Cholesterinum is a homeopathic remedy made from cholesterol. As already noted, bile salts are made from cholesterol, and many gallstones are the result of bile that becomes too concentrated, causing crystal formation. Homeopathic cholesterol may be used to help redissolve those stones and normalize the cholesterol metabolism. A low potency like 6X may be helpful if taken once a day over several weeks (but check with a qualified homeopathic practitioner, of course). In animal research, Cholesterinum has also demonstrated potent liver-protective effects following experimental induction of liver cancer.10
Lycopodium clavatum may be indicated if there are gallbladder symptoms accompanied by gastric symptoms like acidity, and abdominal bloating and gas. The sufferer may develop gas after even just a few bites of food. The gas may rumble around in the abdomen and pass with difficulty. There may also be a strong craving for sweets and hot drinks. A history of strong embarrassment may set off a Lycopodium state. As with the other remedies already mentioned, there is some interesting research on the liver-protective properties of Lycopodium as well.11-13
Calcarea carbonica, a remedy made from the soft, inner layer of oyster shells, can be another common remedy for gallbladder symptoms, especially if accompanied with sour belching and sour vomiting. It may be indicated as a constitutional remedy if the sufferer is obese with a flabby and soft constitution but good willpower. The person may crave sweets, eggs and starchy foods like pasta and bread, may perspire a lot on the head and may be sensitive to cold air.
Carduus marianus is a homeopathic remedy derived from the milk thistle plant. Milk thistle is another plant with a long history of use for both liver and gallbladder ailments. Homeopathically, it is used in a similar way and may be helpful for chronic inflammation of the gallbladder and congestion of the liver. Indicators may include pain in the right upper abdomen in the gallbladder region, accompanied by nausea and vomiting of acidic and burning fluids. Jaundice may be present. It may also be indicated for beer drinkers.
Colocynthis, a remedy made from a plant known as bitter cucumber, may be a very useful remedy for symptoms of acute gallbladder colic with intense cutting and shooting pains that are relieved somewhat by applying pressure. The sufferer may be writhing in agony or doubled up in pain. Intense anger, indignation or even grief may have triggered an attack.
Finally, Pulsatilla nigricans may be indicated if gallbladder symptoms come on after eating out in restaurants, which often use lower-quality fats. Fatty foods in general can trigger gallbladder symptoms, but with Pulsatilla, it’s almost specific to restaurant and deep-fried foods and, to a lesser extent, overconsumption of butter or cream.
TRY HOMEOPATHY FIRST
There are many other homeopathic remedies that may be indicated for gallbladder support and for the relief of gallbladder symptoms. As always in homeopathy, it is not the disease that is being treated but the unique individual. That being said, some of the above remedies may help to prevent many gallbladder removals!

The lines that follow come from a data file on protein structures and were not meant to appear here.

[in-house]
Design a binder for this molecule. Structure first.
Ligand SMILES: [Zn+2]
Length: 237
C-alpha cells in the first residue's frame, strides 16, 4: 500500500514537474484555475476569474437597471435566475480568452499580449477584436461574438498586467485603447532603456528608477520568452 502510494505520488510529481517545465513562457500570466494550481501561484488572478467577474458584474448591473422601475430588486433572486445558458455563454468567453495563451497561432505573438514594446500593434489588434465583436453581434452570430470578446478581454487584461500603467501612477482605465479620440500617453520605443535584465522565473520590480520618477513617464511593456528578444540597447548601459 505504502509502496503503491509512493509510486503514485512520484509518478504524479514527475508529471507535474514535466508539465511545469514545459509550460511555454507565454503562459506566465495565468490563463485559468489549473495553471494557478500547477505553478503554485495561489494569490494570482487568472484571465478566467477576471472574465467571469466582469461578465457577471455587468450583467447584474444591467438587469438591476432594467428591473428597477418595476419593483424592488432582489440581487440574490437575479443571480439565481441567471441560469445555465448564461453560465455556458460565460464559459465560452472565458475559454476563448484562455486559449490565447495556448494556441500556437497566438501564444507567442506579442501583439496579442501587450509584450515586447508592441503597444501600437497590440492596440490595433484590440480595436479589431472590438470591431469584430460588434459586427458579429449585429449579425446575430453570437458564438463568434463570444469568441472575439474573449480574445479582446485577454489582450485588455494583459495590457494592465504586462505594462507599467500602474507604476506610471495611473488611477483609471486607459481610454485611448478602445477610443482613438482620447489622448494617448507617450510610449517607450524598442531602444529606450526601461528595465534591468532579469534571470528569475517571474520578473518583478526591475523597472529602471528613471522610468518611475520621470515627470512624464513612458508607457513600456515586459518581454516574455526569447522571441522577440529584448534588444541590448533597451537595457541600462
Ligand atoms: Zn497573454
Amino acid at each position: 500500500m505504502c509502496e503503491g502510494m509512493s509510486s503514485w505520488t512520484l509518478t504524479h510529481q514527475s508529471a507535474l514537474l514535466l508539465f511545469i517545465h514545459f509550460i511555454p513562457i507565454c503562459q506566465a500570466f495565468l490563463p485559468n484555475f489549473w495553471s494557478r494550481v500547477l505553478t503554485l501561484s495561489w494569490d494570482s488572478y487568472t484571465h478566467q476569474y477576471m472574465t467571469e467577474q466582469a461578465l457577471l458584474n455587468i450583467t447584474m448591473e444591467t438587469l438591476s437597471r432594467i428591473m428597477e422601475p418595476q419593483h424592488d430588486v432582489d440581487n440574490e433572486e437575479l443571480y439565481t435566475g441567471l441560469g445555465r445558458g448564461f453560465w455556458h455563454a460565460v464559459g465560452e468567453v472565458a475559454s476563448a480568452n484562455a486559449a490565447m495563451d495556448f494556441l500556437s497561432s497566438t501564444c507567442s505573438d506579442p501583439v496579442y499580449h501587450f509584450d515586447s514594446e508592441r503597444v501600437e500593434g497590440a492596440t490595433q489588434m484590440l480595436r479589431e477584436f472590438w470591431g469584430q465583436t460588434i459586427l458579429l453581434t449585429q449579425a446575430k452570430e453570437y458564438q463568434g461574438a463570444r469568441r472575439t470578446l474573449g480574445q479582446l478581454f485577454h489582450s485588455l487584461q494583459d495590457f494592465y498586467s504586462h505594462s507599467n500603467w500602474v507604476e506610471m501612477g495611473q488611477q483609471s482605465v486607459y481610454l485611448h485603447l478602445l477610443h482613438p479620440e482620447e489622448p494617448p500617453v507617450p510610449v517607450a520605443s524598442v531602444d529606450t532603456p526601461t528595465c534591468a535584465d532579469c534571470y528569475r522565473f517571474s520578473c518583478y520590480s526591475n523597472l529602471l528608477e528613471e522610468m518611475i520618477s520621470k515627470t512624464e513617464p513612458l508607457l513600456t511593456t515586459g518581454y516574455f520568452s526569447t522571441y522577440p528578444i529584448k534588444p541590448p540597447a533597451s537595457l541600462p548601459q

HOMEOPATHY FOR THE GALLBLADDER
CHELIDONIUM MAJUS: Upper-right quadrant pain radiation to the right shoulder blade.
CHOLESTERINUM: May aid in dissolving gallstones and support cholesterol metabolism.
LYCOPODIUM CLAVATUM: Gallbladder problems with excessive, trapped abdominal gas; gas after a few bites of food.
CALCAREA CARBONICA: Gallbladder problems with sour vomiting; gallbladder problems in obese, flabby individuals.
CARDUUS MARIANUS: Chronic inflammation of gallbladder; upper abdominal pain; beer drinkers.
COLOCYNTHIS: Severe, cutting pain with gallbladder colic; doubling over in pain; possibly triggered by strong emotions.
PULSATILLA NIGRICANS: After rich, fatty foods, restaurant foods, cream.
- “Bile acid.” https://www.sciencedirect.com/topics/chemistry/bile-acid
- “Gallbladder disease.” Johns Hopkins Medicine. https://www.hopkinsmedicine.org/health/conditions-and-diseases/gallbladder-disease
- “Gallbladder disease.” Cleveland Clinic. https://my.clevelandclinic.org/health/ diseases/22976-gallbladder-disease
- “Definition & facts for gallstones.” National Institute of Diabetes and Digestive and Kidney Diseases. https://www.niddk.nih.gov/health-information/digestive-diseases/gallstones/definition-facts
- Rodriguez D. Symptoms of a gallbladder problem. Everyday Health, Mar. 20, 2020. https://www.everydayhealth.com/gallbladder/guide/symptoms/
- Banerjee A, Pathak S, Biswas SJ, et al. Chelidonium majus 30C and 200C in induced hepato-toxicity in rats. Homeopathy. 2010;99(3):167-176.
- Biswas SJ, Pathak S, Bhattacharjee N, et al. Efficacy of the potentized homeopathic drug, Carcinosin 200, fed alone and in combination with another drug, Chelidonium 200, in amelioration of p-dimethylaminoazobenzene-induced hepatocarcinogenesis in mice. J Altern Complement Med. 2005;11(5):839-854.
- Biswas SJ, Khuda-Bukhsh AR. Effect of a homeopathic drug, Chelidonium, in amelioration of p-DAB induced hepatocarcinogenesis in mice. BMC Complement Altern Med. 2002;2:4.
- Biswas SJ, Khuda-Bukhsh AR. Evaluation of protective potentials of a potentized homeopathic drug, Chelidonium majus, during azo dye induced hepatocarcinogenesis in mice. Indian J Exp Biol. 2004;42(7):698-714.
- Bhattacharjee N, Khuda-Bukhsh AR. Two homeopathic remedies used intermittently provide additional protective effects against hepatotoxicity induced by carcinogens in mice. J Acupunct Meridian Stud. 2012;5(4):166-175.
- Henrique da Silva G, Barros PP, Silva Gonçalves GM, et al. Hepatoprotective effect of Lycopodium clavatum 30CH on experimental model of paracetamol-induced liver damage in rats. Homeopathy. 2015;104(1):29-35.
- Falkowski-Temporini GJ, Lopes CR, Massini PF, et al. Increased of the hepatocytes and splenocytes apoptosis accompanies clinical improvement and higher survival in mice infected with Trypanosoma cruzi and treated with highly diluted Lycopodium clavatum. Microb Pathog. 2017;110:107-116.
- Gebhardt R. Antioxidative, antiproliferative and biochemical effects in HepG2 cells of a homeopathic remedy and its constituent plant tinctures tested separately or in combination. Arzneimittelforschung. 2003;53(12):823-830.
This article appeared in Wise Traditions in Food, Farming and the Healing Arts, the quarterly journal of the Weston A. Price Foundation, Fall 2022🖨️ Print post